Identical twins face off as Pats open at Titans
NASHVILLE, TENN. (AP)
The time has come for the NFL debut of the McCourty brothers' family
Devin and Jason have been competing, pushing and fighting each other
since birth in the way only identical twins can.
They will play against each other for the first time - not counting
pickup basketball and video games - when Jason's Tennessee Titans host
New England in the regular-season opener Sunday.
Let the record show Devin is the oldest by 27 minutes. But Jason played
first at Rutgers and beat Devin into the NFL by a year, though Devin
got the edge back as a first-round draft pick in 2010.
Jason cheered on his brother as the Patriots won the AFC championship
in January, but says this will be their biggest battle yet.
''It's going to be a unique opportunity,'' Jason said. ''To grow up
with a guy and we were always playing on the same team, so at this
level to be able to face off, will be something special that we won't
realize after the game, but probably years from now.
A victory is only part of what's on the line.
''I'd say each one of us is trying to stake a claim for who the family
should root for more throughout the season,'' Devin said. ''I think
he's felt a little edged out with him just seeing us be in the playoffs
my first three years with him coming and rooting on with the family.
He's probably trying to make sure he gets a win.''
Being identical, the brothers from Montvale, N.J., are so very similar
with the NFL finding some differences. Each is a starting cornerback
for his team. Jason gets a 2-inch edge on height listed by the Titans
as being 6-foot, while Devin is 7 pounds heavier at 195 according to
They played together at St. Joseph's High School in New Jersey and
Rutgers University. Devin redshirted though, so they only started
together in the secondary for two seasons. Jason says he won all their
basketball games, prompting Devin to joke Wednesday his brother must
have had a concussion.
''He probably forgets that I won most of those battles,'' Devin said.
''We don't remember many of the scores, but we just know he usually
Jason says he's the better cornerback. Who's faster? Devin acknowledges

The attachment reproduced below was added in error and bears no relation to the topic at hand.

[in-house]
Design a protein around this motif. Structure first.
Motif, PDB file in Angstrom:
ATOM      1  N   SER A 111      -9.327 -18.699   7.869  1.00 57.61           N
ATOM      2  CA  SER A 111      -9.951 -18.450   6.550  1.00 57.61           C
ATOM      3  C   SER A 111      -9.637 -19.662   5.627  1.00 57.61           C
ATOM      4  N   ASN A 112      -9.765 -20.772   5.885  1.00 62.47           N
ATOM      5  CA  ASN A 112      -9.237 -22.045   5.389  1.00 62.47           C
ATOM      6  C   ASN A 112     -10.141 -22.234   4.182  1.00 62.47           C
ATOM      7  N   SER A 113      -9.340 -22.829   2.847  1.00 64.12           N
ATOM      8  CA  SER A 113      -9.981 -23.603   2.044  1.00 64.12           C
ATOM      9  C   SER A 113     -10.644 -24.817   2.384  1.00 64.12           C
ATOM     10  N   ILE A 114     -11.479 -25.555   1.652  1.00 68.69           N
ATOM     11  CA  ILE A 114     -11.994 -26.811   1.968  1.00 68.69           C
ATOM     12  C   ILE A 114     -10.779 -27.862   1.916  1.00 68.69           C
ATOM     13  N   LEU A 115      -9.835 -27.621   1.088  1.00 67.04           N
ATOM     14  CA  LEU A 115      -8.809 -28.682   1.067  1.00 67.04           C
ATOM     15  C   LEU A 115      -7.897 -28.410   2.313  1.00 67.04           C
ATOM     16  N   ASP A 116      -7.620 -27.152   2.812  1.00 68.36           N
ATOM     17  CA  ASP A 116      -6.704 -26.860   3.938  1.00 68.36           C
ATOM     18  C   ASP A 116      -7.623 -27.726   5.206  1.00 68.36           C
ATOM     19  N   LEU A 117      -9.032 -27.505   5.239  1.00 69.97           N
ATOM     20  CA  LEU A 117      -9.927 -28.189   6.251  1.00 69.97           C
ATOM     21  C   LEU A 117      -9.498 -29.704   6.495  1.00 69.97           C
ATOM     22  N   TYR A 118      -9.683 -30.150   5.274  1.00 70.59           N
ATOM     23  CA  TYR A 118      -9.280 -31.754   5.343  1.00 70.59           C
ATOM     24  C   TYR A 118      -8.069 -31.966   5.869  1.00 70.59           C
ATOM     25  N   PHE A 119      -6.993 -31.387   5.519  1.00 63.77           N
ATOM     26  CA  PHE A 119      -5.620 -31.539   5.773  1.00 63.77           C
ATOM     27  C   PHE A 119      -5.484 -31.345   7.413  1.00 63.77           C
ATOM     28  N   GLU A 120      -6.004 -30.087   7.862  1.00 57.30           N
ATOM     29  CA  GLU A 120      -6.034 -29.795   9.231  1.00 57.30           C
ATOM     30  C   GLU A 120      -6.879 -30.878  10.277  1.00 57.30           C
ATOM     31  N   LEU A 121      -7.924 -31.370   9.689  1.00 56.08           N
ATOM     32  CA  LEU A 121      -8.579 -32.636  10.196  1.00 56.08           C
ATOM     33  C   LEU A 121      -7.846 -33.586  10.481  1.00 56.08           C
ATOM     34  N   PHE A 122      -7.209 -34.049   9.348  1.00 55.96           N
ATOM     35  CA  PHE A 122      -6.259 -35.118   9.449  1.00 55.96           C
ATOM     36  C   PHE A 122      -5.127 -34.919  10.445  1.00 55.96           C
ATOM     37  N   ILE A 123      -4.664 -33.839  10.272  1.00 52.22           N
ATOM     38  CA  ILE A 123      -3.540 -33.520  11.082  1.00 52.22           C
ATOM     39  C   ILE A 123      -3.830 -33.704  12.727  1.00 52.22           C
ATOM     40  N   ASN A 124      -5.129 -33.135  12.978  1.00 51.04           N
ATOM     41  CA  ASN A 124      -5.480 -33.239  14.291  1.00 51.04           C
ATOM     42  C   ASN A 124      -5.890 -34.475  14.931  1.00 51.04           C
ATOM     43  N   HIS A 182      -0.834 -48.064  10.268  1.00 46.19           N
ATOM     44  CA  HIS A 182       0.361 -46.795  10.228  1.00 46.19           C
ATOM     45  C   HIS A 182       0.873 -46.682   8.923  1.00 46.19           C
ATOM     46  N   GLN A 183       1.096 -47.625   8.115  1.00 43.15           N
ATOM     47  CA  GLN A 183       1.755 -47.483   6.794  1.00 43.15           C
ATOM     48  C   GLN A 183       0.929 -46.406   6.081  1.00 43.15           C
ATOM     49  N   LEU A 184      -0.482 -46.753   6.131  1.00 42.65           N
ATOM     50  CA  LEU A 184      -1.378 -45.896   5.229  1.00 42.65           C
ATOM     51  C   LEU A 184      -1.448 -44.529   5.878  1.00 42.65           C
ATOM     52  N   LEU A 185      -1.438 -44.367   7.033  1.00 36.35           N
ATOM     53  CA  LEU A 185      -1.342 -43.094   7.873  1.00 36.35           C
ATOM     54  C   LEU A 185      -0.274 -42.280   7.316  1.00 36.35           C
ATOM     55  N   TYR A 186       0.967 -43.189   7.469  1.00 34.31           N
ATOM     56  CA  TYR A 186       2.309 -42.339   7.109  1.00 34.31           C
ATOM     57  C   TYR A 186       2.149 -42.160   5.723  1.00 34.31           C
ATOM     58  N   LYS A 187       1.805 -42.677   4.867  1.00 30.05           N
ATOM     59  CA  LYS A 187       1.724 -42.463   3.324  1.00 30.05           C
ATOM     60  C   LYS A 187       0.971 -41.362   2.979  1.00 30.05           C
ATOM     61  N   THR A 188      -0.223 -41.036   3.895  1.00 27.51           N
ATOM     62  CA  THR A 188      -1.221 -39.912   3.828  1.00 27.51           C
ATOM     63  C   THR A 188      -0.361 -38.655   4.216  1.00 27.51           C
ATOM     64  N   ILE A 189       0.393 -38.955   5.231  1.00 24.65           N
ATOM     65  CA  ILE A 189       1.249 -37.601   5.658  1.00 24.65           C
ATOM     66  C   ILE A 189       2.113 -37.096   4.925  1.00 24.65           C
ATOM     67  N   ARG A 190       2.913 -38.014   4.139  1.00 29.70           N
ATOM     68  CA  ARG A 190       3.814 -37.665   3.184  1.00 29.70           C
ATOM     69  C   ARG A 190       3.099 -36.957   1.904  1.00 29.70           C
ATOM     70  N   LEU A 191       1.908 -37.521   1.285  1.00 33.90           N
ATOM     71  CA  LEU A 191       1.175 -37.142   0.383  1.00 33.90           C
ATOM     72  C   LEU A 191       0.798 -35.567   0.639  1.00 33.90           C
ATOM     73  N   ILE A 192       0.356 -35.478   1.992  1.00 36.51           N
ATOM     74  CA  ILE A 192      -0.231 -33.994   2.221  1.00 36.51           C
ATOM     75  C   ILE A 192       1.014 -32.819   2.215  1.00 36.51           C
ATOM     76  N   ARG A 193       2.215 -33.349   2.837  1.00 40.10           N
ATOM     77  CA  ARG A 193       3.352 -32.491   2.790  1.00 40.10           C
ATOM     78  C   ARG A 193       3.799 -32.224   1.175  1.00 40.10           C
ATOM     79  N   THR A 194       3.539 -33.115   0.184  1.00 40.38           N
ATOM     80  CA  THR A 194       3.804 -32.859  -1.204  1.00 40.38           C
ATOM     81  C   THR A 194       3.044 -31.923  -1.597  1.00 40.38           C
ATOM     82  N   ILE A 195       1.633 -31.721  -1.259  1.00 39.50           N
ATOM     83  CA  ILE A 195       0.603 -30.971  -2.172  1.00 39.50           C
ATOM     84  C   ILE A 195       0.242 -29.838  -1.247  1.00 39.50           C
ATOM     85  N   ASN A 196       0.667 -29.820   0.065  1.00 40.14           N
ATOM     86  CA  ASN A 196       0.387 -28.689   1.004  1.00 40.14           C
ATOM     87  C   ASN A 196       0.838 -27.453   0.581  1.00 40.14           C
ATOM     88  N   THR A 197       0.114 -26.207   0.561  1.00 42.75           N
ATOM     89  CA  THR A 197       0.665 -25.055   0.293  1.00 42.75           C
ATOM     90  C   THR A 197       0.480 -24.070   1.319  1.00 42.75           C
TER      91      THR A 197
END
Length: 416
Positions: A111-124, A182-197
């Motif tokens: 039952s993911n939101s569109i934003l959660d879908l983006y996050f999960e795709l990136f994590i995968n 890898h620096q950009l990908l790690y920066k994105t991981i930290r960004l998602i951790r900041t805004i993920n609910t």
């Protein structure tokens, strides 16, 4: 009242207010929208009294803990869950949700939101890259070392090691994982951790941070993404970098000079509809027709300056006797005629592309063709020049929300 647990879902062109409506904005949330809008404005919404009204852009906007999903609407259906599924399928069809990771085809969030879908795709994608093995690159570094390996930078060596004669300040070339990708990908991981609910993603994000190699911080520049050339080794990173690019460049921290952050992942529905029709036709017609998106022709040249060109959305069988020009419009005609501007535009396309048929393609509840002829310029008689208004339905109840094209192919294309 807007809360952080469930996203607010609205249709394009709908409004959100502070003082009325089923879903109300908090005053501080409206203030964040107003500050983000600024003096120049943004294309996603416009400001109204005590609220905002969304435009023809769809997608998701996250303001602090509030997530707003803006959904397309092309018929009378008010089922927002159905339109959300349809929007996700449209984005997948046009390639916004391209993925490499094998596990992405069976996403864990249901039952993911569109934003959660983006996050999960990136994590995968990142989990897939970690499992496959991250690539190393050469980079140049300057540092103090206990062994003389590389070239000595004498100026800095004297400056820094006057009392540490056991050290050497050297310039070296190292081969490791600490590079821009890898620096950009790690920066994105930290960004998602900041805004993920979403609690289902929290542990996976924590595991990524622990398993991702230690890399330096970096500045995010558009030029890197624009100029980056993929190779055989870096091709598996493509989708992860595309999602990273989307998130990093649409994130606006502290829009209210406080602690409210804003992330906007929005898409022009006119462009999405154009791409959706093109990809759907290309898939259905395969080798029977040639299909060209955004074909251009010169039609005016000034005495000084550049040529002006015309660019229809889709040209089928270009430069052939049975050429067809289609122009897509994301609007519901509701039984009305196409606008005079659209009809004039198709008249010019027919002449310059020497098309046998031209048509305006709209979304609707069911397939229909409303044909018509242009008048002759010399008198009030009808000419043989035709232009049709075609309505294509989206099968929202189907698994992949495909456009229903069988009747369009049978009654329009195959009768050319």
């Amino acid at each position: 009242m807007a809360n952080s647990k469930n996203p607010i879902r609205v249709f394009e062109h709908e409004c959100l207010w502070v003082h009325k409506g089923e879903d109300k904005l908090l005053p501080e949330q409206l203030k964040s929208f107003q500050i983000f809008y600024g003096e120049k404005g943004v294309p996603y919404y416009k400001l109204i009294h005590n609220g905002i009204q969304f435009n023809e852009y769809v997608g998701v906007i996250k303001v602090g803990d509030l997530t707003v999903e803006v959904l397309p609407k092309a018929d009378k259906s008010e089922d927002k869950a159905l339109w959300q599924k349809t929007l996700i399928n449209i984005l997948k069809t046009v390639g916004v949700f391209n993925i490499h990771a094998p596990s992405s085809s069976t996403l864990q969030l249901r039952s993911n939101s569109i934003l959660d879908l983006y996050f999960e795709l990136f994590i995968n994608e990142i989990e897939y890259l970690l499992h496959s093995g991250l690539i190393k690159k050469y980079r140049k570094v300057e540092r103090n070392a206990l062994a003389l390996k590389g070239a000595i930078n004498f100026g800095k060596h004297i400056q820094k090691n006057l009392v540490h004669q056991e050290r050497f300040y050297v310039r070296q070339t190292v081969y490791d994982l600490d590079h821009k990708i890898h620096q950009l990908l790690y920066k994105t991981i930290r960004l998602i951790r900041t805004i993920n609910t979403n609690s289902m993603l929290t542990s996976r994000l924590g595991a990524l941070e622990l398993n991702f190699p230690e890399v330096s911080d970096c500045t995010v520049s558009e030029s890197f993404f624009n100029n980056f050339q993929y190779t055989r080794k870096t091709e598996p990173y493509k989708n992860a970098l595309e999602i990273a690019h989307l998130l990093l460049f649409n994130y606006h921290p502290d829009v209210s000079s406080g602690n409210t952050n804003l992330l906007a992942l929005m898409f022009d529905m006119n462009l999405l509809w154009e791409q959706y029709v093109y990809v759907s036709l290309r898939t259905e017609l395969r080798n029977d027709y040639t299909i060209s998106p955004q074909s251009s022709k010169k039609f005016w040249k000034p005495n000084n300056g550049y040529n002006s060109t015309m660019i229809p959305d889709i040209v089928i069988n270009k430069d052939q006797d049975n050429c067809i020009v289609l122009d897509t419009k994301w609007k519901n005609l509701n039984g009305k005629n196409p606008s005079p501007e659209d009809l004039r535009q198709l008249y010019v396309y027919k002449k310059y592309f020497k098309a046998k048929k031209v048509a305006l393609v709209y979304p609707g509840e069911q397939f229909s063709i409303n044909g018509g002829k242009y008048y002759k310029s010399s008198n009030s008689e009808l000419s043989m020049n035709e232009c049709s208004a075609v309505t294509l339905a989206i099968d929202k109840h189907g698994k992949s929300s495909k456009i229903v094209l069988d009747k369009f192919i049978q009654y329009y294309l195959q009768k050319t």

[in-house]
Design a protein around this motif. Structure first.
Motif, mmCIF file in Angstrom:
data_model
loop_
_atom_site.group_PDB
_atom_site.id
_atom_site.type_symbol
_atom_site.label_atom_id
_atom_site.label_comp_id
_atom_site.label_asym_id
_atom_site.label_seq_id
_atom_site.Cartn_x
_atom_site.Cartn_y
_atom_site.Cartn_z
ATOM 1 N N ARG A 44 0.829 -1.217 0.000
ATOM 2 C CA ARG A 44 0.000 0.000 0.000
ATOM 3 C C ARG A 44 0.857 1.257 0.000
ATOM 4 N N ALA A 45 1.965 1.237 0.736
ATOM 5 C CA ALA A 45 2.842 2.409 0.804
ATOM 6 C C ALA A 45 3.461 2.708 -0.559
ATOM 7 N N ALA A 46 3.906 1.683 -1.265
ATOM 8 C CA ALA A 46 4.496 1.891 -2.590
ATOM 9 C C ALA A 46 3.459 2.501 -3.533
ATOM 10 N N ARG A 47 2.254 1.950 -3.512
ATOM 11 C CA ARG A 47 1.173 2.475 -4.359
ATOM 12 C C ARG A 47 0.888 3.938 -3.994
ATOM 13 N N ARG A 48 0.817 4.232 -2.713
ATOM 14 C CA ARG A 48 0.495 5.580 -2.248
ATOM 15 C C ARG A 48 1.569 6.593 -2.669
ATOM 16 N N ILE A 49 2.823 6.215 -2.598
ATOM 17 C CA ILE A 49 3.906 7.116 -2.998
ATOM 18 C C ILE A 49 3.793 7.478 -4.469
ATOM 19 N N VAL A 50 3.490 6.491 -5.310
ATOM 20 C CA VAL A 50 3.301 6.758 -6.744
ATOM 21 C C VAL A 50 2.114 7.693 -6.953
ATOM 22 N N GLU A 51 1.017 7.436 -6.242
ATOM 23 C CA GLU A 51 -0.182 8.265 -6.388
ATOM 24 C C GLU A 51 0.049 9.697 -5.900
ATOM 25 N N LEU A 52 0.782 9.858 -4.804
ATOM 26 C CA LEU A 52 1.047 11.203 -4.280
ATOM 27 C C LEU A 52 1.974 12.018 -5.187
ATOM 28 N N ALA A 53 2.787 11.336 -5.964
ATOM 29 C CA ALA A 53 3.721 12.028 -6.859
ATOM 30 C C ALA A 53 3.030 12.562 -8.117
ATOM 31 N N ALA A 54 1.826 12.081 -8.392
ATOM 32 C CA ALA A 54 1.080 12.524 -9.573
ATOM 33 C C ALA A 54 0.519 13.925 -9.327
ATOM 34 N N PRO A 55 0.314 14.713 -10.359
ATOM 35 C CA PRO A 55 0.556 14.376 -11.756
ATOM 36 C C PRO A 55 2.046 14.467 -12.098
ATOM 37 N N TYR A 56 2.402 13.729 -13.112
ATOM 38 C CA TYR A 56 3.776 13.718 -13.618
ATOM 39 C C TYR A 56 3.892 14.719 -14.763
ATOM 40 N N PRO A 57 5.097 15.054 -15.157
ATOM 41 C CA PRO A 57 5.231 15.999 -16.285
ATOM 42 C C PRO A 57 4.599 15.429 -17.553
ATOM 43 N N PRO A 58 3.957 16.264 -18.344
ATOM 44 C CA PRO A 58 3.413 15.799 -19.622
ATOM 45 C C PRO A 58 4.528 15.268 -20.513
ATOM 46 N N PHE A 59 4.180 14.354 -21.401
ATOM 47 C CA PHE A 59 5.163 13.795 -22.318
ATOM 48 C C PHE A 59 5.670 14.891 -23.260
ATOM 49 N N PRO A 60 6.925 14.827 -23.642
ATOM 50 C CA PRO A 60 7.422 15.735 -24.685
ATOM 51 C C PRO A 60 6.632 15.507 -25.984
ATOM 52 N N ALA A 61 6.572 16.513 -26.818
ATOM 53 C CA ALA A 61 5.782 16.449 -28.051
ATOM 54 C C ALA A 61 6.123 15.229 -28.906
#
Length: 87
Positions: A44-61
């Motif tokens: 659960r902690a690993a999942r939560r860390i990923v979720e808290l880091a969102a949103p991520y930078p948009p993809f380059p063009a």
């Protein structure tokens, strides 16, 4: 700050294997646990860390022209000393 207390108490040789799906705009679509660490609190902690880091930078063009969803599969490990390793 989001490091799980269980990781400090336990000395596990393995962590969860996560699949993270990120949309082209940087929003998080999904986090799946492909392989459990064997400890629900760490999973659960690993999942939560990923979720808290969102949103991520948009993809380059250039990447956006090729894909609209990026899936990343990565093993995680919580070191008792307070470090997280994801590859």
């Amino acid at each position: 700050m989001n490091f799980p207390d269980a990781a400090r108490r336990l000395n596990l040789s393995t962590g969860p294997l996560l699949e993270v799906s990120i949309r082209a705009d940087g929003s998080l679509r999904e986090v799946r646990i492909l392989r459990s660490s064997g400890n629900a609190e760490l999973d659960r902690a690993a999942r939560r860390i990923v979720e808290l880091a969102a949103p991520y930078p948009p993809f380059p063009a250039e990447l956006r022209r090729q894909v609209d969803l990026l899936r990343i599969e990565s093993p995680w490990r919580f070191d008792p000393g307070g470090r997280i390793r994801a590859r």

Jason ran the faster Pro Day time, while he prefers the last 40-yard
dash each ran at Rutgers.
''I ran a 4.31, he ran a 4.32,'' Devin said.
Coaches who've looked at the brothers on video say they look and play
alike on the field. Jason, a sixth-round pick in 2009, has started 24
of his 42 games with four career interceptions, while Devin has started
30 games and already has nine interceptions. The Patriots even moved
Devin over to safety some last season in a pinch.
Jason made up for not being drafted as high as his brother last month
when the Titans gave him a deal worth $44.3 million keeping him under
contract through 2017.
Tom Brady has been studying Jason and sees a fast, tough, physical
''He's got a lot of strengths,'' Brady said. ''So you've got to be
careful with the ball around him. He's a very tough player, and he
really forces the receiver to run good routes and for the quarterbacks
to make good throws because he can capitalize when it's a bad throw by
The brothers share a Twitter account (at)McCourtytwins, appeared
together in a print ad campaign last season, bought their mother a
house last year and held their first football camp together at their
high school this offseason. They've been looking forward to this game
since the schedule was announced in April.
Titans coach Mike Munchak got to watch his friend and now offensive
line coach Bruce Matthews play against his own brother, Clay. He thinks
it'll be a little easier on these brothers since both play defense.
''It's exciting for them, and I know it's a big weekend for their
family and it's something that's obviously very unique,'' Munchak said.
The brothers aren't talking this week, agreeing to lose each other's
number. They will have about 20 family members on hand at LP Field,
including their mother, who will be wearing a joint Patriots-Titans
shirt. Jason, who took care of the tickets so his family has better
seats, said his mother better root for the Titans if she's staying at
Jason also knows the perfect outcome will be a Titans' victory.
''He'll get over it,'' Jason said of his brother.